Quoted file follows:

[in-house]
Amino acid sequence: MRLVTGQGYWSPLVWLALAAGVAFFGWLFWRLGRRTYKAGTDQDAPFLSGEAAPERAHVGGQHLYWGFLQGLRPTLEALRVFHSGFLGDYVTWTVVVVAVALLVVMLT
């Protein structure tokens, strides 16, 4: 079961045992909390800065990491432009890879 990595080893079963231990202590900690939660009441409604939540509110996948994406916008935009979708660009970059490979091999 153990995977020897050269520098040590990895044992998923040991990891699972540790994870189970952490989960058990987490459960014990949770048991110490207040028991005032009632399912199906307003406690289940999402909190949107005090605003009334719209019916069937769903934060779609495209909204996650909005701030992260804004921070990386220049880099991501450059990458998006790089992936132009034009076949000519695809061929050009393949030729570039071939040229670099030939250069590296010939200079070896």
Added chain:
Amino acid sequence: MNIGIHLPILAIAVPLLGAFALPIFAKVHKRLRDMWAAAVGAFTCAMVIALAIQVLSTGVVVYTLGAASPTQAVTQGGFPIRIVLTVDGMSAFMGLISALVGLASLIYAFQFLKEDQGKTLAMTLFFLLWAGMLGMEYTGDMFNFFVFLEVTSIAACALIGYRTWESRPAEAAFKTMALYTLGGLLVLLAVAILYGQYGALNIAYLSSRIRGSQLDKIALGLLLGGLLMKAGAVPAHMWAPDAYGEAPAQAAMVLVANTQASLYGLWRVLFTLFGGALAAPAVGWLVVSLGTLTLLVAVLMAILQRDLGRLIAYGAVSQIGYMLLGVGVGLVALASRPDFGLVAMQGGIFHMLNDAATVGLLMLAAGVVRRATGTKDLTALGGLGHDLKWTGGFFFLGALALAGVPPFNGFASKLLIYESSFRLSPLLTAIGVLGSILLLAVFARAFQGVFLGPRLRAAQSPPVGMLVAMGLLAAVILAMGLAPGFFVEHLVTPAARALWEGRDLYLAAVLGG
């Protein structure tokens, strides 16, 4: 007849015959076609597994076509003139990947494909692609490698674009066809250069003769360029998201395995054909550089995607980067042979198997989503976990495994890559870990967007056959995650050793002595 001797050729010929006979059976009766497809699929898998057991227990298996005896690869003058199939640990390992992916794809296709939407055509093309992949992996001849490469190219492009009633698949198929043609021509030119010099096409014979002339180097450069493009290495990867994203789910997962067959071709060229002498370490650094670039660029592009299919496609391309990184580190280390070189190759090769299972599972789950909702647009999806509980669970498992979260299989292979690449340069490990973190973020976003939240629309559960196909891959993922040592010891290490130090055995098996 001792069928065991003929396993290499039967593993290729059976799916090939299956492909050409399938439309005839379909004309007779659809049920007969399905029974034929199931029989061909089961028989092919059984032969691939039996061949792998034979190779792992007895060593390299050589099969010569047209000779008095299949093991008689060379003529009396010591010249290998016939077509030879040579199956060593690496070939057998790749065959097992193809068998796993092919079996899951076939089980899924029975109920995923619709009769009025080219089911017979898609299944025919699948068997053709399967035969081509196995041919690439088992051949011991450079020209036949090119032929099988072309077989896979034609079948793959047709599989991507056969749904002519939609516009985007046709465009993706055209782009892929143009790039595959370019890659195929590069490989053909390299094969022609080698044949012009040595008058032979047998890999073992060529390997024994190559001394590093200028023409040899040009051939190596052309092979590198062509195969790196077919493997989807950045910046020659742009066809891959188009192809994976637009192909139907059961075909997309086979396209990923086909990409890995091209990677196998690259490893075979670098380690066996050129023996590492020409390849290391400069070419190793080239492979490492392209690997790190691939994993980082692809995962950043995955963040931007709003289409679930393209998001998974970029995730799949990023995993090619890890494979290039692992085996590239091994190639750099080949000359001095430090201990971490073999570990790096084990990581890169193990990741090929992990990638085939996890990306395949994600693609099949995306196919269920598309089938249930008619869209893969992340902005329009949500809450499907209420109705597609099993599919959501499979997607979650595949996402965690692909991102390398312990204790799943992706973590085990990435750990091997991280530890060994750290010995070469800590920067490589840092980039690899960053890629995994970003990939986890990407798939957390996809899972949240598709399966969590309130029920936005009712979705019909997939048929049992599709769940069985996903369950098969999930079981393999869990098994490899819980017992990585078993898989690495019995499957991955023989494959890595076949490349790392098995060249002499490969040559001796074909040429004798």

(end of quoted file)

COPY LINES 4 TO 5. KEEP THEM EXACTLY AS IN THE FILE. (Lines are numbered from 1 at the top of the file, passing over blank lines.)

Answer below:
Added chain:
Amino acid sequence: MNIGIHLPILAIAVPLLGAFALPIFAKVHKRLRDMWAAAVGAFTCAMVIALAIQVLSTGVVVYTLGAASPTQAVTQGGFPIRIVLTVDGMSAFMGLISALVGLASLIYAFQFLKEDQGKTLAMTLFFLLWAGMLGMEYTGDMFNFFVFLEVTSIAACALIGYRTWESRPAEAAFKTMALYTLGGLLVLLAVAILYGQYGALNIAYLSSRIRGSQLDKIALGLLLGGLLMKAGAVPAHMWAPDAYGEAPAQAAMVLVANTQASLYGLWRVLFTLFGGALAAPAVGWLVVSLGTLTLLVAVLMAILQRDLGRLIAYGAVSQIGYMLLGVGVGLVALASRPDFGLVAMQGGIFHMLNDAATVGLLMLAAGVVRRATGTKDLTALGGLGHDLKWTGGFFFLGALALAGVPPFNGFASKLLIYESSFRLSPLLTAIGVLGSILLLAVFARAFQGVFLGPRLRAAQSPPVGMLVAMGLLAAVILAMGLAPGFFVEHLVTPAARALWEGRDLYLAAVLGG